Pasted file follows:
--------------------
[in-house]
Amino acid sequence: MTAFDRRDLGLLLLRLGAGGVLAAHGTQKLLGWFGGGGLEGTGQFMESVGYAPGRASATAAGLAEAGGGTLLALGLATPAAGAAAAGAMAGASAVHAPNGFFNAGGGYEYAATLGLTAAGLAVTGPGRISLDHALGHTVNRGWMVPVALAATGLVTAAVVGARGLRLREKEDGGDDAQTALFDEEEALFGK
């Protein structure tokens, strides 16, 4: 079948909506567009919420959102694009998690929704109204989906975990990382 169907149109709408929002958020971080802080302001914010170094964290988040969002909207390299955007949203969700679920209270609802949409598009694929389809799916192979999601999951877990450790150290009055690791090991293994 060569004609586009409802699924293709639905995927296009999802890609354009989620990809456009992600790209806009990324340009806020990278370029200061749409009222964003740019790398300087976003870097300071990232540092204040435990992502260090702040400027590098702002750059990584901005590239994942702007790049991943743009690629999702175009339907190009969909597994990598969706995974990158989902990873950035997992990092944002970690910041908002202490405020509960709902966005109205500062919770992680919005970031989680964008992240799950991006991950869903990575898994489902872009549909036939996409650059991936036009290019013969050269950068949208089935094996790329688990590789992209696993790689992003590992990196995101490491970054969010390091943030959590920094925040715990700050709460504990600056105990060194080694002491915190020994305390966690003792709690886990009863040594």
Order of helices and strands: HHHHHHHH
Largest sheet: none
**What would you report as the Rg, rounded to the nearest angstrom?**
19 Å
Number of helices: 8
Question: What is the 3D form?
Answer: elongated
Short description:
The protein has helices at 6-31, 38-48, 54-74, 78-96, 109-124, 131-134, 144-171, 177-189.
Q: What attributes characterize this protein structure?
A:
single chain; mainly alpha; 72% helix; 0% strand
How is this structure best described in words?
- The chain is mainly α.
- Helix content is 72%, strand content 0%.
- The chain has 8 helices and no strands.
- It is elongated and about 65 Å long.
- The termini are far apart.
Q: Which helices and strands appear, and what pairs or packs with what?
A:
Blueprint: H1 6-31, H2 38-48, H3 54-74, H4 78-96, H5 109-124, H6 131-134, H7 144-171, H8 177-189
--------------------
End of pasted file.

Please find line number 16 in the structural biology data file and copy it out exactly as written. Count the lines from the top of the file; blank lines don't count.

How is this structure best described in words?